Position Paper: Gastric Lavage

  title={Position Paper: Gastric Lavage},
  author={J Allister Vale and Kenneth W. Kulig},
  journal={Journal of Toxicology: Clinical Toxicology},
  pages={933 - 943}
  • J. Vale, K. Kulig
  • Published 1 January 2004
  • Medicine
  • Journal of Toxicology: Clinical Toxicology
Gastric lavage should not be employed routinely, if ever, in the management of poisoned patients. In experimental studies, the amount of marker removed by gastric lavage was highly variable and diminished with time. The results of clinical outcome studies in overdose patients are weighed heavily on the side of showing a lack of beneficial effect. Serious risks of the procedure include hypoxia, dysrhythmias, laryngospasm, perforation of the GI tract or pharynx, fluid and electrolyte… 
Position paper update: gastric lavage for gastrointestinal decontamination
There is no evidence showing that gastric Lavage should be used routinely in the management of poisonings, and the evidence supporting gastric lavage as a beneficial treatment in special situations is weak, as is the evidence to exclude benefit in all cases.
Utility of Upper Gastrointestinal Endoscopy for Management of Patients with Roundup® Poisoning
Endoscopy may be useful in cases of liquid poisoning including, Roundup, both to determine the amount of residual toxin and to remove it from the stomach.
Orogastric lavage: a lifesaving procedure now forgotten.
A teenage girl presented to Emergency Department with history of ingestion of a bottle of pesticide within the time frame before gastric emptying, and was resuscitated, intubated and orogastric lavage was performed.
Medico-legal consideration of gastric lavage in acutely intoxicated patients
Gastric lavage is now known to be ineffective, unnecessary or hazardous in some circumstances where it used to be performed as a routine and in South Korea, there was the case of a patient who ingested cocaine.
Retained pill fragments at autopsy: Time to rethink gastric decontamination?
The role of gastric decontamination and emptying in the care of poisoned patients is the subject of signifi cant debate in clinical toxicology and reports suggest that good supportive critical care measures may be associated with better outcomes.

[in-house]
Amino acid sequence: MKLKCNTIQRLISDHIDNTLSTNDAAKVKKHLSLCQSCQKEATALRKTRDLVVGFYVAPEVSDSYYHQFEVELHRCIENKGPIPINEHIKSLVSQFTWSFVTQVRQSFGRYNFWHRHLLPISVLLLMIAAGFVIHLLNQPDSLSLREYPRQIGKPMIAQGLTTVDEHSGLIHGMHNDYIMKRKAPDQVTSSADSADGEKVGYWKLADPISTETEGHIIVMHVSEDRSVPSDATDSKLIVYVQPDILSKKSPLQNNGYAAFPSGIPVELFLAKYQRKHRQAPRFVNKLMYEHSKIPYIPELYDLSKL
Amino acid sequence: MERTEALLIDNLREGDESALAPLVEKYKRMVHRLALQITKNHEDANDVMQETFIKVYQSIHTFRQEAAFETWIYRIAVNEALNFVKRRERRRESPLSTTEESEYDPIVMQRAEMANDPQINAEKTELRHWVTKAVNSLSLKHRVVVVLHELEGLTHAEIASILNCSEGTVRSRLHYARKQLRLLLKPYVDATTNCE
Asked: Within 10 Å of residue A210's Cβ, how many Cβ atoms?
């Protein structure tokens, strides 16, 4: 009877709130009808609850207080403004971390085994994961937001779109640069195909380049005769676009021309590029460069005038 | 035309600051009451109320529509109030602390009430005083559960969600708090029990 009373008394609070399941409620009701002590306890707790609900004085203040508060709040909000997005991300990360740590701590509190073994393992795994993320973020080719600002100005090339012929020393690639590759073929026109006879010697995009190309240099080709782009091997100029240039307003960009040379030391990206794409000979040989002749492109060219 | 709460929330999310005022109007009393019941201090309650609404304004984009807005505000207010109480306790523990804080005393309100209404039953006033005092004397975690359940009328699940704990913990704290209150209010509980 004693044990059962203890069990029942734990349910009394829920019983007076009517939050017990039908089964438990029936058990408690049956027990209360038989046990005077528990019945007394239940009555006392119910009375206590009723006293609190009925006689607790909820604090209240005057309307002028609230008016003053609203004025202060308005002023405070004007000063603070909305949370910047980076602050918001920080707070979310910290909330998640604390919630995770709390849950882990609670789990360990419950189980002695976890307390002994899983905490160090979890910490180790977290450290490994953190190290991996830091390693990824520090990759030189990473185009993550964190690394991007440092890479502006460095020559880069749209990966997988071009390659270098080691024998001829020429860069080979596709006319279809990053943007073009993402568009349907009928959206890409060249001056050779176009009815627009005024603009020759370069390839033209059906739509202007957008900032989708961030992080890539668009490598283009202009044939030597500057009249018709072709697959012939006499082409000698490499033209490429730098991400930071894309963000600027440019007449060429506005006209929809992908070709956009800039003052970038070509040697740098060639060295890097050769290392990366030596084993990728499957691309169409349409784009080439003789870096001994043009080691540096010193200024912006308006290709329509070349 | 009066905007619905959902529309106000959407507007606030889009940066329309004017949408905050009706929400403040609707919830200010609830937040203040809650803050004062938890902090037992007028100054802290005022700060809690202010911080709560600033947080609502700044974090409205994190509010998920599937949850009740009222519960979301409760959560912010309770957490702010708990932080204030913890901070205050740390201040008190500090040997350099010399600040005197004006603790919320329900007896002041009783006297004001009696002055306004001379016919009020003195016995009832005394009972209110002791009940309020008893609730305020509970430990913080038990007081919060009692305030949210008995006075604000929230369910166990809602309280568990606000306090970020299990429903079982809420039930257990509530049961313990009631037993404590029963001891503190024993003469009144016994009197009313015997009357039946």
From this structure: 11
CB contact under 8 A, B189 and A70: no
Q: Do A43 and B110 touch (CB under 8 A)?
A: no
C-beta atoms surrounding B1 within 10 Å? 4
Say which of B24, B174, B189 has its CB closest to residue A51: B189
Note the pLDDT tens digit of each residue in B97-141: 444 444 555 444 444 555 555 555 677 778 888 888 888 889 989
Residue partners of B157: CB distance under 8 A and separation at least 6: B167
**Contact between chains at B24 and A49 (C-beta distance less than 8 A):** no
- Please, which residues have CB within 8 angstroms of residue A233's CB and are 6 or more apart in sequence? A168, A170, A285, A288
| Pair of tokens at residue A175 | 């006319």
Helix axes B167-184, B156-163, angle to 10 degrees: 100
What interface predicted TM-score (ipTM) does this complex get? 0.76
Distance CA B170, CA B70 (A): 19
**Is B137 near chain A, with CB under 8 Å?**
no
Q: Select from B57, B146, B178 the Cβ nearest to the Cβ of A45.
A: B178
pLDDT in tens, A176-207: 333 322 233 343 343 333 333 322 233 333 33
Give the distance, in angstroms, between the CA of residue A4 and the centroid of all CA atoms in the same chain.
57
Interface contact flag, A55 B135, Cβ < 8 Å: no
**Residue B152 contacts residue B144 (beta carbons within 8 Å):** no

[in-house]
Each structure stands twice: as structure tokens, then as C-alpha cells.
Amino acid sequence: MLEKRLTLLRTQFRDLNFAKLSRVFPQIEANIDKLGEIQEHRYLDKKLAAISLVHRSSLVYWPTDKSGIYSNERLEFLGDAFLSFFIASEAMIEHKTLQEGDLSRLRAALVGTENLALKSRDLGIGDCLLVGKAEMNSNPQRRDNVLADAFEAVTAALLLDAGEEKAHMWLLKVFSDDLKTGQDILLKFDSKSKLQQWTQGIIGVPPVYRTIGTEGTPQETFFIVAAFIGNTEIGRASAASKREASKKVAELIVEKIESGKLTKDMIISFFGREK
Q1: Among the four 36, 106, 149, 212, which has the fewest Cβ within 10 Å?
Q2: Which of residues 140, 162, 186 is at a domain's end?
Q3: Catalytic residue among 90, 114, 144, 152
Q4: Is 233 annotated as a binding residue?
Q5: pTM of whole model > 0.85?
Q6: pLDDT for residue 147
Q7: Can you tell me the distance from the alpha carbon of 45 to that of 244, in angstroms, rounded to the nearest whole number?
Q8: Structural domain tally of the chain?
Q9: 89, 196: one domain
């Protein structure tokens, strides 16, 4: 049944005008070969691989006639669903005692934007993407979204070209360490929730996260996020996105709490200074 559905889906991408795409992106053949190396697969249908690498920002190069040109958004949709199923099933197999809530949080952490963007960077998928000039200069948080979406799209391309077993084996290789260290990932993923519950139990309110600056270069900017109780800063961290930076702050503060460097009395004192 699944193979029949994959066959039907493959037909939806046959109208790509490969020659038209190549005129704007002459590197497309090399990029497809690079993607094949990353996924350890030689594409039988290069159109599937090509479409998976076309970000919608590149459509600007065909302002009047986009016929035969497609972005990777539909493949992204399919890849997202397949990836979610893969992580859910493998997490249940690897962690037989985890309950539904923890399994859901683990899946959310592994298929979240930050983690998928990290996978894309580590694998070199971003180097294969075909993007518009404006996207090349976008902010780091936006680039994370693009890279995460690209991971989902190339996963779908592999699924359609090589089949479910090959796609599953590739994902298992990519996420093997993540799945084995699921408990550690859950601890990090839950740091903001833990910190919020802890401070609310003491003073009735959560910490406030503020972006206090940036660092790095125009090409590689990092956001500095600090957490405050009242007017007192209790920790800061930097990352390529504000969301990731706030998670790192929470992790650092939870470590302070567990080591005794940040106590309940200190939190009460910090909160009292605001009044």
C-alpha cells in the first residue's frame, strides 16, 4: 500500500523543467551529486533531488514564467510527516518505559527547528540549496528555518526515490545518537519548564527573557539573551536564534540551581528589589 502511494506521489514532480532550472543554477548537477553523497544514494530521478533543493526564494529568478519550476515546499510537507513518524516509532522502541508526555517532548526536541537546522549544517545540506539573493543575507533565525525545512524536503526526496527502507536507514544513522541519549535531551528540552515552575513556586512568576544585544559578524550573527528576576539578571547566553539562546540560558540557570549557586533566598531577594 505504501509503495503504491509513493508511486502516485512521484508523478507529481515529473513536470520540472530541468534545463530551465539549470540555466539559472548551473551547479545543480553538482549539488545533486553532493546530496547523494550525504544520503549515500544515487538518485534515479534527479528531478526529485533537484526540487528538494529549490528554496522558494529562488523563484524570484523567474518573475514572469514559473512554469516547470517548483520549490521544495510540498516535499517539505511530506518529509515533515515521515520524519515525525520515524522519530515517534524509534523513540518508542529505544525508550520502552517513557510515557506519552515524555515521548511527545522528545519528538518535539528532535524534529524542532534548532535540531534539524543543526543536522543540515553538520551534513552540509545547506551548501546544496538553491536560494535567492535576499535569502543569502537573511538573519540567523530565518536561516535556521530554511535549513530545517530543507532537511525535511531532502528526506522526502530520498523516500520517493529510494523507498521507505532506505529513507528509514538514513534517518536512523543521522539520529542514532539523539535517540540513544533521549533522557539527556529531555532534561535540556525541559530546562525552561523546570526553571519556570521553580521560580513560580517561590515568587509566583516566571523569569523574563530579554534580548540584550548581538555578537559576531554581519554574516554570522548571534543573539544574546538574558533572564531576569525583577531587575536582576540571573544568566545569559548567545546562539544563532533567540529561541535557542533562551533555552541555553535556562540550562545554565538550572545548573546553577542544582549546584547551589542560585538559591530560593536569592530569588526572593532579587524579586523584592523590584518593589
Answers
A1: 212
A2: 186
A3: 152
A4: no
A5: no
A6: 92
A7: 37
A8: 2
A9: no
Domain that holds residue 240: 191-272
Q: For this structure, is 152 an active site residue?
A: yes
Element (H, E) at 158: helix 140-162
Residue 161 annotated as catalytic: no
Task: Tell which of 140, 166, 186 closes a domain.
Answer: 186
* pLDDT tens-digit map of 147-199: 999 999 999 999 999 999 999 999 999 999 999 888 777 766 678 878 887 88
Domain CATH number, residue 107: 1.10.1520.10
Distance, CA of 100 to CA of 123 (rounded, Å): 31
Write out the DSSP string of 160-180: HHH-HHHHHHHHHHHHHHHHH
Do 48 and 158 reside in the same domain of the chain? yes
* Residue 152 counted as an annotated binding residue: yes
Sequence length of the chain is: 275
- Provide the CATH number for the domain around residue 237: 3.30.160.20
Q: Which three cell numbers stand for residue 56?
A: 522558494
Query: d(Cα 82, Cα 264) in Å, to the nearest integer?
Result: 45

Decontamination and elimination of drugs
Epuration techniques include emetics, gastric lavage, single or multiple dose of activated charcoal, cathartics and whole bowel irrigation, while elimination techniques are not validated and blood exchange transfusions or plasma exchanges or are never indicated.
Evaluation and management of common childhood poisonings.
Family physicians often manage substance ingestions in children, most of which are nontoxic in nature, but some long-acting medications have delayed toxin effects and require additional surveillance.
Lavage or not to lavage – hazards due to deviation from National Guidelines
Reducing deaths from pesticide self-poisoning would require a coordinated effort involving new antidote development and optimizing medical care given to these patients at both primary and tertiary care units.
Massive levothyroxine ingestion in a pediatric patient: case report and discussion.
The course of a toddler who ingested a massive amount of levothyroxine and review treatment options for such overdoses is described and a case illustrates, massive ingestion of lev Timothyroxine in children typically follows a benign course.
Drugs and pharmaceuticals: management of intoxication and antidotes
Patients generally benefit from aggressive support of vital functions, careful history and physical examination, specific laboratory analyses, a thoughtful consideration of the risks and benefits of decontamination and enhanced elimination, and the use of specific antidotes where warranted.


Does gastric lavage really push poisons beyond the pylorus? A systematic review of the evidence.
Gastric Emptying Procedures in the Self-Poisoned Patient: Are we Forcing Gastric Content beyond the Pylorus?
The data show a significant difference in the number of residual pellets in the small bowel of the treated group (n=40), when compared with the control group (P < 0.0001), and the inefficiency of gastric-emptying procedures is highlighted.
Management of acutely poisoned patients without gastric emptying.
Ipecac-induced emesis versus gastric lavage: a controlled study in normal adults.
Studies on the efficacy of gastric lavage as practiced in a large metropolitan hospital.
In a population consisting of patients with detectable quantities of drugs in the lavage sample, diazepam and amitriptyline are more adequately recovered than the sedative-hypnotic drugs.
A comparison of three gastric lavage methods using the radionuclide gastric emptying study.
Drug overdoses: Is one stomach washing enough?
It was concluded that routine aspiration of gastric contents at hourly intervals after admission was of considerable value in removing any residual drugs.
Gastrointestinal tract perforation with charcoal peritoneum complicating orogastric intubation and lavage.